Bizarre Mystery Fish Identified: Species of the Week

This spotted armour gurnard (Satyrichthys rieffeli), sometimes called a type of searobin, may be the same species or at least closely related to a “mystery fish” caught in Borneo. Photograph by Jeffrey T. Williams / Smithsonian Institution, National Museum of Natural History, Department of Vertebrate Zoology, Division of Fishes. License: CC BY Attribution-Noncommercial-ShareAlike

freshwater species of the weekEarlier this week, an angler in Borneo caught an unusual-looking fish, which caused quite a stir online. Reported the Borneo Post:

The mystery fish has a large head and is covered with sharp spines on the top and bottom of its body.

Its body gets progressively smaller towards the tail.

The fish measuring over one foot in length has two tusk-like spikes near its mouth.

Sapar Mansor, 43, from Taman Ceria, Permyjaya, caught the strange creature in the sea near Tudan.

“This is the first time in my life that I have seen this type of fish. I brought it home to my wife and informed her of the rare catch,” he told The Borneo Post yesterday.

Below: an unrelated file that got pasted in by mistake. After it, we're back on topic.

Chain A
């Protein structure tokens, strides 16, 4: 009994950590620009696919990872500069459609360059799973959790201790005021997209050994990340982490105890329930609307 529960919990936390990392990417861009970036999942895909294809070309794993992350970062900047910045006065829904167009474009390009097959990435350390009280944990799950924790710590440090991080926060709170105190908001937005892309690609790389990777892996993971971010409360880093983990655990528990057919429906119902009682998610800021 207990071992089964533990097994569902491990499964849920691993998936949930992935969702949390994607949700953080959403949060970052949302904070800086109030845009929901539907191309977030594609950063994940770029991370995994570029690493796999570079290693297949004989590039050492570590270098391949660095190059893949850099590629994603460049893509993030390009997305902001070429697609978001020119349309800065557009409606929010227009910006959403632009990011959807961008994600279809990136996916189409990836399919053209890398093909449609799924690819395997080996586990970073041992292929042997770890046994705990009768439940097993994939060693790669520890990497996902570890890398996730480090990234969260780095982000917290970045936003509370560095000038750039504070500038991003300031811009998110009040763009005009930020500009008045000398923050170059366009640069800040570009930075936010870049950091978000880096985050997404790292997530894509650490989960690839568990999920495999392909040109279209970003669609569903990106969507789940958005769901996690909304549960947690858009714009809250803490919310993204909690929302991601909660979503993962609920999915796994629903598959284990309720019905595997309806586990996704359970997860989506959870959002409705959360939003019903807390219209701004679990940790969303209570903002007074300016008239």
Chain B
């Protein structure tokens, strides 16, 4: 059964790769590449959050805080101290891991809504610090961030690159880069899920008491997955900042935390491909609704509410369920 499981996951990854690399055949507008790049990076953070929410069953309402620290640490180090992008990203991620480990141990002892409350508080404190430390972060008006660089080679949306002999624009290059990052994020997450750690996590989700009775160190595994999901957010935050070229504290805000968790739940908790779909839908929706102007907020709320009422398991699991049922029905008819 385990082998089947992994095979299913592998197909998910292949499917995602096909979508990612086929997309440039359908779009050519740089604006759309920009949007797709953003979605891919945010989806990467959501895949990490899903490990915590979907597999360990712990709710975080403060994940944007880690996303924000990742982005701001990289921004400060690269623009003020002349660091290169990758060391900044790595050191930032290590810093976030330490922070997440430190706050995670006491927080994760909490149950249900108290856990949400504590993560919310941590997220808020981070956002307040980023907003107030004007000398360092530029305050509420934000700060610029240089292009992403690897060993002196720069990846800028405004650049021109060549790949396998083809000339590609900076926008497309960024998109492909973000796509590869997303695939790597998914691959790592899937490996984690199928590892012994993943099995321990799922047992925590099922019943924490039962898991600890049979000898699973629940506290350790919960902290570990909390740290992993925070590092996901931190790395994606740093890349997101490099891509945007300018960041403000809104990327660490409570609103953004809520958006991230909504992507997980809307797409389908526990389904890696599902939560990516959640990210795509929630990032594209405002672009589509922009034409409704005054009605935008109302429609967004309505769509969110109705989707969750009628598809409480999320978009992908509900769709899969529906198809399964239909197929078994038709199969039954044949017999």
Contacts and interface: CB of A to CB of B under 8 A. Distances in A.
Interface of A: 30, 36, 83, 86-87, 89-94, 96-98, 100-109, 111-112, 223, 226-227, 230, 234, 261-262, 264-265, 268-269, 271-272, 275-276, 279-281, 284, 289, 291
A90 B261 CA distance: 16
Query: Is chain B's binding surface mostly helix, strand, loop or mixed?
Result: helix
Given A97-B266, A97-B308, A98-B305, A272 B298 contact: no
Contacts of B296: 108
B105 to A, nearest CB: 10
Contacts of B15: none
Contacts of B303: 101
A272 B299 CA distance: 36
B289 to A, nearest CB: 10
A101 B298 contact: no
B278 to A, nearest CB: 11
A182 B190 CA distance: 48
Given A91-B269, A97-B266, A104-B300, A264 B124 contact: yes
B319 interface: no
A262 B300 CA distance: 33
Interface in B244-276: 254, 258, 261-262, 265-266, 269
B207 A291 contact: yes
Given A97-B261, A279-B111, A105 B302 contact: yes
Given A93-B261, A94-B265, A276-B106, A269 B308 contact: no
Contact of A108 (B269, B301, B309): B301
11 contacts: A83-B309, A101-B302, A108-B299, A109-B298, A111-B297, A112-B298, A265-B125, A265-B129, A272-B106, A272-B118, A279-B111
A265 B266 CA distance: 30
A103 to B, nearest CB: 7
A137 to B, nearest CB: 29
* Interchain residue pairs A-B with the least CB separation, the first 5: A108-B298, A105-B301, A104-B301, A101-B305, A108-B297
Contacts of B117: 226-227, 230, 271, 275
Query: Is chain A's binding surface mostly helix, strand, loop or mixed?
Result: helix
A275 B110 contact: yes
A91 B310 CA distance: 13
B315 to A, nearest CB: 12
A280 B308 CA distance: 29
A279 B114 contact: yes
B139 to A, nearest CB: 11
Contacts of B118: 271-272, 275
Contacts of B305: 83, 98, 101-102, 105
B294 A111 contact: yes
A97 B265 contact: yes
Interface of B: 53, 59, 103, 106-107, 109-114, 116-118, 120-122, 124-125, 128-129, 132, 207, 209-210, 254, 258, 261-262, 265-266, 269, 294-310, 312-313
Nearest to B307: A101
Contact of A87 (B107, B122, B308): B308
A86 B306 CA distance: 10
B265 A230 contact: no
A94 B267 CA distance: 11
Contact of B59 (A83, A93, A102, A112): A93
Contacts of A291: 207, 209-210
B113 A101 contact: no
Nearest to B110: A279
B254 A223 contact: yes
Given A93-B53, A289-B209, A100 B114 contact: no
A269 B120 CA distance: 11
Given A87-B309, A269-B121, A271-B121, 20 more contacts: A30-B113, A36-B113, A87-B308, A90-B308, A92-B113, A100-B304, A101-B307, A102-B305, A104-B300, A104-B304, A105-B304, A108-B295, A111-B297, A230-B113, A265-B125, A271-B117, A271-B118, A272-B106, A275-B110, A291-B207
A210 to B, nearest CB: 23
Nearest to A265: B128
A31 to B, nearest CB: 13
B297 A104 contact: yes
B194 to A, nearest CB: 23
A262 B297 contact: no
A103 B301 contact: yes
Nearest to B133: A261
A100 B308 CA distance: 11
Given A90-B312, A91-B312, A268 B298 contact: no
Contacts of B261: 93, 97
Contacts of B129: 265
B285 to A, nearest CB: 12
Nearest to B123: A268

To try to determine what type of fish Sapar had caught, Water Currents reached out to Zeb Hogan, a National Geographic contributor, fish expert, and assistant professor at the University of Nevada—Reno. Hogan wasn’t sure, but he reached out to Gene Helfman, a fish expert at the University of Georgia.

Via email, Helfman shared:

In all likelihood it’s a perestidiid armored gurnard, apparently in the genus Satyrichthys (good name, no?).  I can’t take it to species ‘cause there are a bunch of them (see http://en.wikipedia.org/wiki/Satyrichthys).  They are generally known as armored gurnards and are closely allied to our triglid searobins.  Good photos at http://www.fishesofaustralia.net.au/home/species/2165 and a general treatment at http://en.wikipedia.org/wiki/Armored_searobin.  I think some folks still place them in the Triglidae.

Sapar’s wife, Siti Kadariah, told the Borneo Post that she intends to dry the fish and keep it as a memento. Her children have taken to calling it “armor fish.”

“It is God’s gift and I and my family will keep the fish,” she added.

Note: Although this fish ended up being a saltwater species, I am including it in this series because it was caught close to shore, and because it’s still an interesting mystery.

Wildlife

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